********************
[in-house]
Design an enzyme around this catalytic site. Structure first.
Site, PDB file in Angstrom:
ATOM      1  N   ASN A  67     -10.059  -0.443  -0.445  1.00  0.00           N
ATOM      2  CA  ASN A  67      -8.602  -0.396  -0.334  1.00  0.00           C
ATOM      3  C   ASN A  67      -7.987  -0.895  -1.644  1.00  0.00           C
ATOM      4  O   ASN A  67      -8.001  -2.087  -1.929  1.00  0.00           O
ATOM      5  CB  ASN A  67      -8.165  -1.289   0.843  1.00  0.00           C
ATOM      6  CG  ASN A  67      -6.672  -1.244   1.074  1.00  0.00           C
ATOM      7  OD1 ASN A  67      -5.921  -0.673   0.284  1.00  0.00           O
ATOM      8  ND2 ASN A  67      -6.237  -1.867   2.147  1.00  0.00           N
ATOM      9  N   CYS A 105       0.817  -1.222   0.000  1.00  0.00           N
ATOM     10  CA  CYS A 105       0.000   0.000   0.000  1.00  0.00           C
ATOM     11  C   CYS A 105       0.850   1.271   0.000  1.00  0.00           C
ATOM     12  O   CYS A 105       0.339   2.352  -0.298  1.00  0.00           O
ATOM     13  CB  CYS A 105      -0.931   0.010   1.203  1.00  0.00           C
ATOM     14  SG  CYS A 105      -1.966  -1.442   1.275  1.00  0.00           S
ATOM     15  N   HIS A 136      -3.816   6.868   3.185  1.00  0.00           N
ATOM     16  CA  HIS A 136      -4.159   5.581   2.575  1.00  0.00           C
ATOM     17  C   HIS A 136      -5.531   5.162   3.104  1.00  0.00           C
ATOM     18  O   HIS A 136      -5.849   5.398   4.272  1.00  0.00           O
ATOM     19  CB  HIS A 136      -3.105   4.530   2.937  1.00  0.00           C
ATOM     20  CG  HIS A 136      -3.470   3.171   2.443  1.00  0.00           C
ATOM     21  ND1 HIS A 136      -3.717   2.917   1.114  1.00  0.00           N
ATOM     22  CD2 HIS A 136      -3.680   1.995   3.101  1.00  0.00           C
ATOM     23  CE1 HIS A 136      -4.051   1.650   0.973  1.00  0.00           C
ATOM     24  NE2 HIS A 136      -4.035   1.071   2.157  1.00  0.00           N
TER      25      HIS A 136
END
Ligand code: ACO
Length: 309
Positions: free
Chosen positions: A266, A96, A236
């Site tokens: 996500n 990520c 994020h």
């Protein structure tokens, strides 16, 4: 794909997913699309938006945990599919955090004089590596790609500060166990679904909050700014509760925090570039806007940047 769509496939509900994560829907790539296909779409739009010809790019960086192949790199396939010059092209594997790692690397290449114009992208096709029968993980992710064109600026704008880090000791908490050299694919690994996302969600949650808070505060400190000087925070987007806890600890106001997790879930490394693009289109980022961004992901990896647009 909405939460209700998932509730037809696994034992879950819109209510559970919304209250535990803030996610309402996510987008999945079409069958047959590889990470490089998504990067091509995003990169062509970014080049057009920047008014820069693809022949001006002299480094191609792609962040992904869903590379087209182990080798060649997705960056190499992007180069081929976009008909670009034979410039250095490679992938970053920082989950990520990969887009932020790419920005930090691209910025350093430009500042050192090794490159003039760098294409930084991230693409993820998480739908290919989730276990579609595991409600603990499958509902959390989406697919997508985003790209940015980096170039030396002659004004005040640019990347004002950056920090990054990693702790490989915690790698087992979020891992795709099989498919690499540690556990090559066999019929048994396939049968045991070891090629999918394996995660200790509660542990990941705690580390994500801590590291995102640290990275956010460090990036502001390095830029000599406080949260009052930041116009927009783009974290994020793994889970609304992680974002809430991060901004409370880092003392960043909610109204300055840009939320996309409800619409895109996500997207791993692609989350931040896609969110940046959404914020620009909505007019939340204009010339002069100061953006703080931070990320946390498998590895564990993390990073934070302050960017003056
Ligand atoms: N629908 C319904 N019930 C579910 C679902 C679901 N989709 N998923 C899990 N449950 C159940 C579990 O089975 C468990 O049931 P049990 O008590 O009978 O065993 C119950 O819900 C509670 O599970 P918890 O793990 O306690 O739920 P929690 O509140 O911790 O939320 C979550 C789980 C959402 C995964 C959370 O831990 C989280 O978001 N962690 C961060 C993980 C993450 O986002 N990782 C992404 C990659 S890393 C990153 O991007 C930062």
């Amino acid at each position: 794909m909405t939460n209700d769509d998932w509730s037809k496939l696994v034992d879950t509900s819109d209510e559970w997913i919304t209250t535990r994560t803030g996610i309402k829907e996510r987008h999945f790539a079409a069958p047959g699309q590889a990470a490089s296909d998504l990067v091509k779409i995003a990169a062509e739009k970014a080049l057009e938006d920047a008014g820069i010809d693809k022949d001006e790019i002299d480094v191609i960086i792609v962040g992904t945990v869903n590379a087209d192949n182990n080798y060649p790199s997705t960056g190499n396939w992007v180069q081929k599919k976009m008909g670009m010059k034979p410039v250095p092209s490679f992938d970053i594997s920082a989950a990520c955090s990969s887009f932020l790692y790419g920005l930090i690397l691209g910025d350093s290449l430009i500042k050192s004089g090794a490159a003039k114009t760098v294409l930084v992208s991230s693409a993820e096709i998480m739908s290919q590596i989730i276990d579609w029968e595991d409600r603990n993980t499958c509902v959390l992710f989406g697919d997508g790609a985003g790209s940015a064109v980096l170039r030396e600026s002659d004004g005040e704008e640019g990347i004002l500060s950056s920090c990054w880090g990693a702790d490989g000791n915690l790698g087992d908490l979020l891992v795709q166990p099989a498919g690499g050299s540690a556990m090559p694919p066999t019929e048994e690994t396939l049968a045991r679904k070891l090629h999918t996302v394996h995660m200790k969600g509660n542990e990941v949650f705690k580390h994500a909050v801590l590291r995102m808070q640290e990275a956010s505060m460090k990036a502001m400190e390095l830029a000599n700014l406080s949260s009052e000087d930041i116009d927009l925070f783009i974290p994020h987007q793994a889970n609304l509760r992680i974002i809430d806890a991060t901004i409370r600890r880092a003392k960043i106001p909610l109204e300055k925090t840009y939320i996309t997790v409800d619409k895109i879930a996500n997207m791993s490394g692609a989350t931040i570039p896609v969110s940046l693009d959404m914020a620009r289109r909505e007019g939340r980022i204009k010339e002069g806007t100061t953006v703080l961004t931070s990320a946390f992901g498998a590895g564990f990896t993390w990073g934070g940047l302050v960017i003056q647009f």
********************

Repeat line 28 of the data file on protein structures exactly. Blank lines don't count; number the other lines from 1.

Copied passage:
TER      25      HIS A 136